In The Dark Knight, Batman and The Joker are engaged in a physical, moral, and ideological conflict, representing two different perspectives on humanity. These characters have key similarities that make them important foils to each other. For example, The Joker and Batman both operate outside of the law. Both characters utilize personas that hide their “true identities”. The Joker and Batman employ tactics that most police, the conventional authority, would deem excessive or inappropriate. Throughout the narrative, Nolan and his writing construct situations to highlight both the similarities and differences between both characters, which helps to enhance the moral and ethical questions raised within the film.
While Batman and The Joker’s relationship is legendary, their incarnations in The Dark Knight do not see eye to eye on the meaning of their relationship. Batman is dismissive of the similarities between himself and The Joker, labeling The Joker as “garbage who kills for money”. Unlike Batman, who refuses to admit or acknowledge their similarities, The Joker seeks to embrace their connection, reminding Batman that he is “just a freak, like me”. This dynamic is crucial to the narrative; two equal, yet opposite forces, battling for their visions of their city, with The Joker famously asserting that “you complete me”, an unnerving moment that demonstrates the uncomfortable nature of the two characters’ relationship.
In True Detective, the “villain” is not the primary contrast to the heroes. Instead, the different view points and perspectives are present in Rust Cohle and Martin Hart. Once again, as in The Dark Knight, we have two characters who are considered “equals”. Both Rust and Martin are skilled detectives, bound together as partners on a horrifying new case. Due to the nature of their working relationship, the characters are tied to each other, just as the Joker and Batman are, their lives becoming interwoven in numerous ways. While the characters are not true opposites like Batman and The Joker, Cohle and Hart do present alternative view points on a number of topics, especially in our initial impressions of them in the early episodes of True Detective.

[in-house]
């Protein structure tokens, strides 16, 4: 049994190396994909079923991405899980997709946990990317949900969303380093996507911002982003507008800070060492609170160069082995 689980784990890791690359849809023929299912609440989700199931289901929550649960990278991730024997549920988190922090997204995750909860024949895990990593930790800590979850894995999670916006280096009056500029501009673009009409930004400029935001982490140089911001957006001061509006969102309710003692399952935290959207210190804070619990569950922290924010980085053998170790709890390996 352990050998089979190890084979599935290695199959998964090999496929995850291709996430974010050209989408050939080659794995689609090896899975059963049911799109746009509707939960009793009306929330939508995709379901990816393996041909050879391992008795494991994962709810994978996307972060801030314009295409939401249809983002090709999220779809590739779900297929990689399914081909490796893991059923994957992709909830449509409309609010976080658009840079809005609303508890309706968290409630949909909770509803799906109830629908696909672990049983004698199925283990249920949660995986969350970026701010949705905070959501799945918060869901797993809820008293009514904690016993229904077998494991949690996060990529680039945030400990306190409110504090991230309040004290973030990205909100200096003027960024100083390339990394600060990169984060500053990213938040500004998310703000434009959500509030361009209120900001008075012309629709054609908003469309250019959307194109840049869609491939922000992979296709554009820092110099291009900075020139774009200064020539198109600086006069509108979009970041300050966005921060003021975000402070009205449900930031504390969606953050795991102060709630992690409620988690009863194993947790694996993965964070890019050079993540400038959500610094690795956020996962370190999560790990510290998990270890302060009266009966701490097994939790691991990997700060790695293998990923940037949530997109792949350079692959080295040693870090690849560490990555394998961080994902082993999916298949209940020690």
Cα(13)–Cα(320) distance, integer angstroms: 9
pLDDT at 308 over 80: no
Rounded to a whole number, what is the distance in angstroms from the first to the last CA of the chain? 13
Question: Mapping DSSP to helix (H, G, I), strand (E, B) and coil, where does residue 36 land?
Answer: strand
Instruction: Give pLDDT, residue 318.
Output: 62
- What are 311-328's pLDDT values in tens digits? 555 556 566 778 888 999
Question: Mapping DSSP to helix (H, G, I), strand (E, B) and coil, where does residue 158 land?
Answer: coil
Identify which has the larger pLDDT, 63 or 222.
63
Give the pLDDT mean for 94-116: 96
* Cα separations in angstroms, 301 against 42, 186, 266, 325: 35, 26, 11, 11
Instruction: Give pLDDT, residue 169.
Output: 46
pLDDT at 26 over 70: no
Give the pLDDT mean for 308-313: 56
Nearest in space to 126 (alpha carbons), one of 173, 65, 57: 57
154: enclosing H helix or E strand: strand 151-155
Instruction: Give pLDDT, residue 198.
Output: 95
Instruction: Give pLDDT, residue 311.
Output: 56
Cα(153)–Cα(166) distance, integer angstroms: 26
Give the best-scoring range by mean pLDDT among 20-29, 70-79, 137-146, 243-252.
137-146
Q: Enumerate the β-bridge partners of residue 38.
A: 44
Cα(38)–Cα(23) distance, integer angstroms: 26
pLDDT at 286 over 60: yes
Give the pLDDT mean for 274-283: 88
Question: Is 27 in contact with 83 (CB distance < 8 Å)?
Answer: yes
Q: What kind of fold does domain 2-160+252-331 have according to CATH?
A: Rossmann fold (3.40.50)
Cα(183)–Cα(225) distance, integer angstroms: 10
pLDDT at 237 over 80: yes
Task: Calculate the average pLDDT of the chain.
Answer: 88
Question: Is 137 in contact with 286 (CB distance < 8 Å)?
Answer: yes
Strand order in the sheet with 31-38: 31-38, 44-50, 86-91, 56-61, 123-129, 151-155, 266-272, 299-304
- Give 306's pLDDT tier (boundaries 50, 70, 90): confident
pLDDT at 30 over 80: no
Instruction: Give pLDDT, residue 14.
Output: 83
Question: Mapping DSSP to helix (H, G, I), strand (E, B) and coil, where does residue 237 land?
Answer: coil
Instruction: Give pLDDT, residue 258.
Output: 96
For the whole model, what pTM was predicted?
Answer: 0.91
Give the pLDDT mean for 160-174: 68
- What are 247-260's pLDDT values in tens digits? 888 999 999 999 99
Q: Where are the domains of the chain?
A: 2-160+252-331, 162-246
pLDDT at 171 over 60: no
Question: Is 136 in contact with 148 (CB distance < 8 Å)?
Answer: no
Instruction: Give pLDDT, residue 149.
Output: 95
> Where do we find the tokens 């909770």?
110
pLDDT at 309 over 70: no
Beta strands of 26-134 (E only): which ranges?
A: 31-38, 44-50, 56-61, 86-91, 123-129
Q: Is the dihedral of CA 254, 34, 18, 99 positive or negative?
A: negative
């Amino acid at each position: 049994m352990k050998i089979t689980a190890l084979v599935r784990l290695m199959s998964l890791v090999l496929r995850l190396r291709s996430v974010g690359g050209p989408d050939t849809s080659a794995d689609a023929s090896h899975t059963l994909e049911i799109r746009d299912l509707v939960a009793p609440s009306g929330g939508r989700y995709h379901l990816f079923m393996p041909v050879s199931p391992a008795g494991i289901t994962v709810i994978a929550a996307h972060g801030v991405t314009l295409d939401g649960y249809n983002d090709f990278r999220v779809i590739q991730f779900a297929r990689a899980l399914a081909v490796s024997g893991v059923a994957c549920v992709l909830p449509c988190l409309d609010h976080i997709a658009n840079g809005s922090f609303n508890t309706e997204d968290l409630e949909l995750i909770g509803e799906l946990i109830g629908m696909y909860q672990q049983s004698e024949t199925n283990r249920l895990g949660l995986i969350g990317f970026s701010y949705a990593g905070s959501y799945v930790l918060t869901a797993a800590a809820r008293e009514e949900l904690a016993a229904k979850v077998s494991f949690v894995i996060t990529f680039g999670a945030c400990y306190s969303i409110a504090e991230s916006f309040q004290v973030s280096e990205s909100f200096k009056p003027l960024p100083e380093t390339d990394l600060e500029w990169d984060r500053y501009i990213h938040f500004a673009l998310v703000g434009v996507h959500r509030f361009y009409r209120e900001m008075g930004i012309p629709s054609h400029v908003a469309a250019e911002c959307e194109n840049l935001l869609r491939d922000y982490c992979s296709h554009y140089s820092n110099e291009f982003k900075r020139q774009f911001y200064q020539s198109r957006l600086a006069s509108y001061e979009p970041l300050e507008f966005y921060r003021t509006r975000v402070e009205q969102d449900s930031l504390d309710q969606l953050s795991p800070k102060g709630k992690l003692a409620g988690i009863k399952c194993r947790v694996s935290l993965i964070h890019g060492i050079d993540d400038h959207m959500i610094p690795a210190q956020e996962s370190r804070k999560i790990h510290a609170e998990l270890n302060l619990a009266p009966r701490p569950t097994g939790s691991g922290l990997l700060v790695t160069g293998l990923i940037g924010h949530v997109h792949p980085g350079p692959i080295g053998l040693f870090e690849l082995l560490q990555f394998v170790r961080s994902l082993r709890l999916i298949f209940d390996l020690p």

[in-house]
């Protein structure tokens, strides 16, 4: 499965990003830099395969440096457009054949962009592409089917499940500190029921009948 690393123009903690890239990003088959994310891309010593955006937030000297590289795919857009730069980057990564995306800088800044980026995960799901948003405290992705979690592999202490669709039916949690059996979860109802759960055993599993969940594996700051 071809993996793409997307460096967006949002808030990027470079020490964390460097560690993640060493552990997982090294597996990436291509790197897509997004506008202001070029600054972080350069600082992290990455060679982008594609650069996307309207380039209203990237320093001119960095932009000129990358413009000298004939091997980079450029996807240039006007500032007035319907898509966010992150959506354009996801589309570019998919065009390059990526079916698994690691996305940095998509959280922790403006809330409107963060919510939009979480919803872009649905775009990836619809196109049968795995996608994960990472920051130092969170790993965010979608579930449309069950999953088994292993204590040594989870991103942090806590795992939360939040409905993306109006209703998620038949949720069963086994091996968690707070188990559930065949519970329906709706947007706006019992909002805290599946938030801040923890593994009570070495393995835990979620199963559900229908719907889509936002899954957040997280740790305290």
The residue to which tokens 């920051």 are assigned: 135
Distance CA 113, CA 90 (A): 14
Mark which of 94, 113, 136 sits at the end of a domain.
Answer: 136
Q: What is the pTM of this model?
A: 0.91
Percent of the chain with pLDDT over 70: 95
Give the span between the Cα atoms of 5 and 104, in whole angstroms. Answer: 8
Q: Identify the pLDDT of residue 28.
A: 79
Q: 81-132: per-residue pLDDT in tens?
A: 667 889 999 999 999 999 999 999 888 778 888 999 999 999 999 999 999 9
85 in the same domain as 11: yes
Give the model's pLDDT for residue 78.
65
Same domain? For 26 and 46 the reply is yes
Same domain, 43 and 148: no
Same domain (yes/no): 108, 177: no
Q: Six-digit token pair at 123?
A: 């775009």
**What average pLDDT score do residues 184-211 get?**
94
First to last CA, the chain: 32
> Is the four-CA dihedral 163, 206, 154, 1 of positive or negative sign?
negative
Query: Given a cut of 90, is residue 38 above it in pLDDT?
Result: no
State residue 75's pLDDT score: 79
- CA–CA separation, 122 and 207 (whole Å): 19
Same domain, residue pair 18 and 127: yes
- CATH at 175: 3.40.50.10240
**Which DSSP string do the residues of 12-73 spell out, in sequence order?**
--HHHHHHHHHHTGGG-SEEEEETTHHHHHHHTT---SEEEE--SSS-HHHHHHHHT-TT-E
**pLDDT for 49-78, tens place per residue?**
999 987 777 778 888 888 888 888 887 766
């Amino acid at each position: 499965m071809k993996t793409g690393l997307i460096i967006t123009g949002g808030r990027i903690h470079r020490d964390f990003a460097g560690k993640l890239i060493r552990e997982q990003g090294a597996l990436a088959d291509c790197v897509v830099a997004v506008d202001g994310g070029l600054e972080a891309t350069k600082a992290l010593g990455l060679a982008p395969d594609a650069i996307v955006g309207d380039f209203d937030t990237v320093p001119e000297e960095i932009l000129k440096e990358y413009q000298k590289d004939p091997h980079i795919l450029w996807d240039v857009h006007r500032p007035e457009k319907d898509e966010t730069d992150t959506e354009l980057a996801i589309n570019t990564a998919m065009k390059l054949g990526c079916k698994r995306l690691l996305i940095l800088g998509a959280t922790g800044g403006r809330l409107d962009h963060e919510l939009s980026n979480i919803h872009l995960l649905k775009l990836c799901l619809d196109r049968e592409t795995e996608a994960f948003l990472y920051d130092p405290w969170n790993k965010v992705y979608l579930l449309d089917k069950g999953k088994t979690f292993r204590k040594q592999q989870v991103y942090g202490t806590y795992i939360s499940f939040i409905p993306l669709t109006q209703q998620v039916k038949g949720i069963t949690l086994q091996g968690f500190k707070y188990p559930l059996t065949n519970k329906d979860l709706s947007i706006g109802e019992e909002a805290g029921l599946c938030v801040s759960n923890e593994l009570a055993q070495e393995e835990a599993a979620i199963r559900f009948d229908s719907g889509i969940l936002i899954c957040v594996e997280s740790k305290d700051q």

Much Like Batman and the Joker, Cohle and Hart are relatively new to each other in 1995, the earliest seen time period of the series. Hart’s initial dialogue in the first episode helps the viewer to recognize that Cohle has revealed very little about himself to Hart, despite being partners for about three months. Cohle has dodged invitations to Hart’s house for dinner, an intimate gathering usually reserved for friends and family. These story choices create a situation in which Rust is the unknown, a stranger waiting to reveal himself. This is a brilliant narrative design, as Cohle is simultaneously revealing his views to Hart and the audience at the same time, which makes each revelation and story about Rust feel essential to both the audience and Hart. The conversations between Cohle and Hart feel authentic, rather than forced exposition for the sake of filling in the gaps in knowledge the audience might have. Furthermore, the dialogue between Cohl and Hart is critical to the themes of the narrative. The partners’ arguments, conflicts, and discussion range from the mundane to the profound. Topics like human nature, the validity of religion, keys themes of the series, are progressed through these extensive and well written inter plays.
In his first monologue, Cohle explains his world view to both the viewer and Hart. Rust asserts that he considers himself “a realist… But in philosophical terms I’m what’s called a pessimist.” This is the introduction of an alternate perspective to Hart, who quickly balks at his speech asserting that they should “make the car a place of silent reflection from now on.” Much like Batman and The Joker, Rust Cohle and Martin Hart are quick to deride the beliefs that the other holds. Cohle, the atheist, derides religion as “fairy tales” while Hart sees religion as necessary, argue that “not everybody wants to sit alone in an empty room…some folks enjoy community. A common good”. Religion gives the community something to believe in, a goal to strive for, which ultimately will benefit society in a variety of ways.